A kiwi chick hatched at Zoo Miami in the United States has been named after Te Korowai o Wainuiārua negotiator Paora ‘Baldy’ Haitana. The North Island kiwi was the first to be hatched in the zoo’s history and in Florida. Zoo Miami offered naming rights to New Zealand Ambassador Rosemary Banks, who was chief Crown negotiator in Te Korowai o Wainuiārua Treaty settlement negotiations until taking up the ambassadorship in Washington, DC.

The New Zealand Embassy in Washington DC sought funding to support the attendance of Paora and Te Korowai o Wainuiārua lead negotiator Chris McKenzie at a blessing and naming ceremony hosted by Miami-Dade Zoological Park and Gardens in Miami Florida.

The name chosen for the kiwi is Paora, in honour, the New Zealand Embassy said, “of New Zealander, iwi leader, and conservationist Paora Haitana, whose work includes returning the endangered Whio (Blue Duck) to the Manganui o te Ao River”.

Here is an extract from a press release from Zoo Miami: On Monday, November 4th, Zoo Miami will welcome Her Excellency, Rosemary Banks, New Zealand Ambassador to the United States. She will be traveling from Washington, D.C., along with a special delegation from New Zealand to participate in an historic naming ceremony for the first kiwi ever to hatch in the state of Florida! Accompanying Ambassador Banks will be Mr. Chris McKenzie and Mr. Paora Haitana, both iwi leaders of the indigenous Maori people, who will be traveling from New Zealand to perform the official naming ceremony, as well as Nancy Gilbert, New Zealand Honorary Consul to the State of Florida. The kiwi is being named “Paora,” in honor of the iwi leader who has dedicated himself to wildlife conservation in New Zealand.

This historic kiwi hatched on April 9th from a fertilized egg that was received on March 15th from the Smithsonian National Zoological Park where it was laid on January 29th. The egg was sent to Zoo Miami as part of a special loan agreement between the Smithsonian National Zoo in conjunction with the Government of New Zealand which is where kiwis are naturally found and where it is the unofficial symbol of the country and the nickname given to its citizens.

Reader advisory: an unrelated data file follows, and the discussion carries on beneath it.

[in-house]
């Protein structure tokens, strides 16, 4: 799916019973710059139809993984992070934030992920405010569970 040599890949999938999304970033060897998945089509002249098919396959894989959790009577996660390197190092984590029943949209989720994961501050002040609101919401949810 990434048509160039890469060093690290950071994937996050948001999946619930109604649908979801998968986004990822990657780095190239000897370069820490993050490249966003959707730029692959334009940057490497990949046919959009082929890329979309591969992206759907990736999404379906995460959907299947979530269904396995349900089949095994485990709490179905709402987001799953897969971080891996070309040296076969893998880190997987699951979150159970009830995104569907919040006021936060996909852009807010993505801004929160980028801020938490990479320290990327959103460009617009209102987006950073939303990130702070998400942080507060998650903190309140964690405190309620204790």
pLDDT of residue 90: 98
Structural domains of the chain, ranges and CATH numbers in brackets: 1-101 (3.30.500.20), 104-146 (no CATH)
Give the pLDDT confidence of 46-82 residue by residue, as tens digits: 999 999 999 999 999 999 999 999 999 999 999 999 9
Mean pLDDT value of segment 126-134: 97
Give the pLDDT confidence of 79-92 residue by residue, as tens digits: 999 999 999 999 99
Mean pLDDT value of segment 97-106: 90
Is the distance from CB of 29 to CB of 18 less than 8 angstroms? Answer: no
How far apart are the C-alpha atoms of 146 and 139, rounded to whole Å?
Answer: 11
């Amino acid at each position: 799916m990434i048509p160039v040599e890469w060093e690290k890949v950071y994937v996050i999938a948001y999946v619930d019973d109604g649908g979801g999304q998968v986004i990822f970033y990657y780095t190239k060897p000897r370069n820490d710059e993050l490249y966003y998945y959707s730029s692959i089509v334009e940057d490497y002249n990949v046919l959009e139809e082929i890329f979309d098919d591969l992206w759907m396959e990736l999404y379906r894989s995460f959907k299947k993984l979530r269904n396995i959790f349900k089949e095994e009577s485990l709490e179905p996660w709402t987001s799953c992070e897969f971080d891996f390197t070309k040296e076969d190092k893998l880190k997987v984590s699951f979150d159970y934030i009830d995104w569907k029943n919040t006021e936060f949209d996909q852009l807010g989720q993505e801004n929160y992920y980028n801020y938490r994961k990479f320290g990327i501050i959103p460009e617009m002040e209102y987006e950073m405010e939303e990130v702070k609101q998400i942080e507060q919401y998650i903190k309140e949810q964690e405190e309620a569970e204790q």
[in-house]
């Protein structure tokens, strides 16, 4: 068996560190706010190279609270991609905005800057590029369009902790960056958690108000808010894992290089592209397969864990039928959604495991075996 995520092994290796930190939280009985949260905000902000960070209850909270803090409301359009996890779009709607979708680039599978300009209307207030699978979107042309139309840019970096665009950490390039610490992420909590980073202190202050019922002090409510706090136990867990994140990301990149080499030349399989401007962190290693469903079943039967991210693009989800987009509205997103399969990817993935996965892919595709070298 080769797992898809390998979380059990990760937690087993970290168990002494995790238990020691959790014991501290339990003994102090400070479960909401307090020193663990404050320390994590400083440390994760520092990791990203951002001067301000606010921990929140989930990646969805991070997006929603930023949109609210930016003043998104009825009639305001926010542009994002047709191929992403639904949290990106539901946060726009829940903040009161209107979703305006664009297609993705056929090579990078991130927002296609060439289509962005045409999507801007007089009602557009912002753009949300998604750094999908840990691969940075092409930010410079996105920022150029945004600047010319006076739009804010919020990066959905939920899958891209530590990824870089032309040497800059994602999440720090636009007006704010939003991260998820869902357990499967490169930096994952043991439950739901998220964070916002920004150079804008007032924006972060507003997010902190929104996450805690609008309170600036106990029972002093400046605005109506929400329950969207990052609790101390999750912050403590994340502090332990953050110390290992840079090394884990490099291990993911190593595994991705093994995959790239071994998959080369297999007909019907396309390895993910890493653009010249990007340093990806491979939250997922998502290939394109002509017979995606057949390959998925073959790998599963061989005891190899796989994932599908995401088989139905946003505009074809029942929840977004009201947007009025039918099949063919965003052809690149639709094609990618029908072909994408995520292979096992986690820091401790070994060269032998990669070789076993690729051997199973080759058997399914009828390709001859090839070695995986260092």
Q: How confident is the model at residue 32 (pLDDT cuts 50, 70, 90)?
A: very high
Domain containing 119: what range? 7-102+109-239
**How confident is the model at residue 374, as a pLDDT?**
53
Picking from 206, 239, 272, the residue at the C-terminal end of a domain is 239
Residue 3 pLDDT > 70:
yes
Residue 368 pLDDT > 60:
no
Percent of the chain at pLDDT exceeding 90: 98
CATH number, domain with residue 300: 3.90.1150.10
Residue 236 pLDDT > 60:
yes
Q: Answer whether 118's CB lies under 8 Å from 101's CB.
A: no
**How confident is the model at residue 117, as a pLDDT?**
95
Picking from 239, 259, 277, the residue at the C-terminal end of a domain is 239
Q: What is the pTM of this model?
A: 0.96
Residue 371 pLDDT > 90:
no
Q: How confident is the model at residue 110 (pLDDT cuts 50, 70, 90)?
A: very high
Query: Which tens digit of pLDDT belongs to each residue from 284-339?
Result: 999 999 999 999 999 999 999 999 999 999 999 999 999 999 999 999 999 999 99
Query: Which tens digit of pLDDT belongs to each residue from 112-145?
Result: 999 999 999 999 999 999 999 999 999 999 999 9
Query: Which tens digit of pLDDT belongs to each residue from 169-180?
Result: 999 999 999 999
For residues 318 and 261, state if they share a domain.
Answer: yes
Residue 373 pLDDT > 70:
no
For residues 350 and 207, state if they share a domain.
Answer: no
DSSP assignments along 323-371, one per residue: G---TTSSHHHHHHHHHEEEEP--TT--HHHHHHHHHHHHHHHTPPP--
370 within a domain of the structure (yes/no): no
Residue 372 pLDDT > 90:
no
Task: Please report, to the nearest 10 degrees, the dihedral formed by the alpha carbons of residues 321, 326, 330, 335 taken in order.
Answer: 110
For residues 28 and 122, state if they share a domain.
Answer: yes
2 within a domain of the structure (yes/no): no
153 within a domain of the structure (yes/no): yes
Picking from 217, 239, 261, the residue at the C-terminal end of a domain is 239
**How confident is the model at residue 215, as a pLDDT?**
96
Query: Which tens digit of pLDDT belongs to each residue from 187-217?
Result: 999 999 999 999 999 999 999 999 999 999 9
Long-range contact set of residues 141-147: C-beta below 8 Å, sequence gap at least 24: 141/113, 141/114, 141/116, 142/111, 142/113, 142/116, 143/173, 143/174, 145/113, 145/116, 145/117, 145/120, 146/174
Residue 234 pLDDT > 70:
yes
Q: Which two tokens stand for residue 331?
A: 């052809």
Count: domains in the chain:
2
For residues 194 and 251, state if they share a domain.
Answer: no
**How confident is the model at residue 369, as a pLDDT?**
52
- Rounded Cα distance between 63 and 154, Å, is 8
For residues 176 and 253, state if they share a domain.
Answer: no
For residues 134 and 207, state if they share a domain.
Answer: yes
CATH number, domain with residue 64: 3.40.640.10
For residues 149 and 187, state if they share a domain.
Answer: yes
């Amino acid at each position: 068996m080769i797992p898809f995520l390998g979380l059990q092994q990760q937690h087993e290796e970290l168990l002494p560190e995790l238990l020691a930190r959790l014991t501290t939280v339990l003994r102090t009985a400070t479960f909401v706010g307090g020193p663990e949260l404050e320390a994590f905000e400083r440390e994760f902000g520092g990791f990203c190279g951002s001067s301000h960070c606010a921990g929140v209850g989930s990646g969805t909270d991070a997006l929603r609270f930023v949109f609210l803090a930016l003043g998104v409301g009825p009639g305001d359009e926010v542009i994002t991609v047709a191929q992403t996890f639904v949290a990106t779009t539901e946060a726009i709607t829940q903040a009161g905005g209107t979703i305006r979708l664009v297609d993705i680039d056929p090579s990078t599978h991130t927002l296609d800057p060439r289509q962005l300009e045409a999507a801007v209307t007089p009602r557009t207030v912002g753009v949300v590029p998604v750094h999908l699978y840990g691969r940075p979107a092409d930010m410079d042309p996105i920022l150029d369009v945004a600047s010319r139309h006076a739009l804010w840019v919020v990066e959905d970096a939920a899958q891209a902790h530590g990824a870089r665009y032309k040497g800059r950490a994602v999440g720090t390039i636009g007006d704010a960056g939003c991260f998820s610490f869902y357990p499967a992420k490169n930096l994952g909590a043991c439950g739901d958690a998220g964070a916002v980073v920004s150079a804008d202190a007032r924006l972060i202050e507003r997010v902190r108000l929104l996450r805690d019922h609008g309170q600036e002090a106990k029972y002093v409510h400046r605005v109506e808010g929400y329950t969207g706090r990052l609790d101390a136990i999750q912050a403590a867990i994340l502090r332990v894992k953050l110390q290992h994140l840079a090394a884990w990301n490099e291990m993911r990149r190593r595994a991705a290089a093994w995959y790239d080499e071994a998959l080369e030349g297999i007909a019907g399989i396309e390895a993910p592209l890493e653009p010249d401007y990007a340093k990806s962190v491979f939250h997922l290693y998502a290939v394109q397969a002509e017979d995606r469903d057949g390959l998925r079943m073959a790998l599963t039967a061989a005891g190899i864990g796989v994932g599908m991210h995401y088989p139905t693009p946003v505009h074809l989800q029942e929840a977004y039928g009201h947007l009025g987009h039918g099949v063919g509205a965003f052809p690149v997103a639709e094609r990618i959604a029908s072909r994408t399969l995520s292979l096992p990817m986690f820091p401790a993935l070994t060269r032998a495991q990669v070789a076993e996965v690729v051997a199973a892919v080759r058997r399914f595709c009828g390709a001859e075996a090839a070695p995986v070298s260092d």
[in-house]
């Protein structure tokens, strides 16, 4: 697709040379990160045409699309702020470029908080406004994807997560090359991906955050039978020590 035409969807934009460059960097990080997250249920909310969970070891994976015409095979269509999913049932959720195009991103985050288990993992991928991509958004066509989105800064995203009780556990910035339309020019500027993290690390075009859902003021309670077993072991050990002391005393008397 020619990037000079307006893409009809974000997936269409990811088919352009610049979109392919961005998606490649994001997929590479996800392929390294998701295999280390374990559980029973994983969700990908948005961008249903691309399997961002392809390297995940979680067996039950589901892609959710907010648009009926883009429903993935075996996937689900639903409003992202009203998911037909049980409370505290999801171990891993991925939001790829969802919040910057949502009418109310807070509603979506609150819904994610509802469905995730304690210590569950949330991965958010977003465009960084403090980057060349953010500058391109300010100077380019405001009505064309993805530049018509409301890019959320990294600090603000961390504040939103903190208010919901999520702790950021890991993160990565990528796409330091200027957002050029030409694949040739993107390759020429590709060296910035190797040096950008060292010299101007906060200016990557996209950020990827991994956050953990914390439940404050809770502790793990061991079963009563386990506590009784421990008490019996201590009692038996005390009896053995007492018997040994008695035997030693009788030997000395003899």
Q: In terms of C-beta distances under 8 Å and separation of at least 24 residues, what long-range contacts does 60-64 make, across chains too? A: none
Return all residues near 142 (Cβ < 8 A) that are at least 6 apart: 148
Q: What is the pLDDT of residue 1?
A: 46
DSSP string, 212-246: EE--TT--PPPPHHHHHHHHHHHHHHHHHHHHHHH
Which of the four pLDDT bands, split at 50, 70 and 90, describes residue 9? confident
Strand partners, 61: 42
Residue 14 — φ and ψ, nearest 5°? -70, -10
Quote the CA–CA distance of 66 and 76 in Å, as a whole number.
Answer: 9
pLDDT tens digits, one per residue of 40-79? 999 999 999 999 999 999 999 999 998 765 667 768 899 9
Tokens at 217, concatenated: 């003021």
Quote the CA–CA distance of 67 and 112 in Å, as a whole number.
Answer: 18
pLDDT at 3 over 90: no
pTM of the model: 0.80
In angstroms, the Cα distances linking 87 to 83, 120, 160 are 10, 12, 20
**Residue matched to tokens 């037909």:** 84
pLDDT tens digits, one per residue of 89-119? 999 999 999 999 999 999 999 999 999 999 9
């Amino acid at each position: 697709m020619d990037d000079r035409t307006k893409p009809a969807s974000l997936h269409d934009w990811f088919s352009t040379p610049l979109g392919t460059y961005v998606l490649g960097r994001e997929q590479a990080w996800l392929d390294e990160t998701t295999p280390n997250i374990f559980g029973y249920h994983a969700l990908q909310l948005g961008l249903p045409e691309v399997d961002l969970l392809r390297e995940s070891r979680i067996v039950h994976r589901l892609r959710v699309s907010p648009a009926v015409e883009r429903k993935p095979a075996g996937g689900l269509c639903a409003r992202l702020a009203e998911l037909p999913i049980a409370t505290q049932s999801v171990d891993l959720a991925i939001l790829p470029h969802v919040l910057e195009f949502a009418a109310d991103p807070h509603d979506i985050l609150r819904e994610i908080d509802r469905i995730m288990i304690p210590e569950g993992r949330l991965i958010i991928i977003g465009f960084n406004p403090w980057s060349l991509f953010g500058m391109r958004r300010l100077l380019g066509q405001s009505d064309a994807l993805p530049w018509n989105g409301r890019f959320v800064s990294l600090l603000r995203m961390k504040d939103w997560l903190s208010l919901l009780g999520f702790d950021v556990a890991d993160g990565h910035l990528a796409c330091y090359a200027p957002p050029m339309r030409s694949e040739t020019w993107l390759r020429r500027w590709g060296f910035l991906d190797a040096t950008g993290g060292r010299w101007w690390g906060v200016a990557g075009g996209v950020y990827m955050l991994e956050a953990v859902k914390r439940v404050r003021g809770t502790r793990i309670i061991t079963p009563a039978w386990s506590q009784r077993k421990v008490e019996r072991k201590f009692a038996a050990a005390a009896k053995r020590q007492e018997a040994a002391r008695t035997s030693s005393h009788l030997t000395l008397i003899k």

Jonathan Steffert, Public Affairs Officer at the New Zealand Embassy in Washington, D.C., said, “While once the greatest threat to New Zealand’s native wildlife was poaching and deforestation, it is now introduced predators.”

He went on to say that “Rats, possums and stoats kill 25 million of our native birds every year and, along with the rest of our environment; we must do more to protect them.”

In 2015, the New Zealand Government recognized a growing momentum and public appetite for more action to protect native biodiversity. That July, then Prime Minister John Key announced the creation of “Predator Free 2050,” an ambitious goal to rid New Zealand of the devastating impacts of stoats, rats and possums by 2050.

“This is the most ambitious conservation project attempted anywhere in the world, but we believe that if we can all work together as a country, we can achieve it” said Mr. Steffert.

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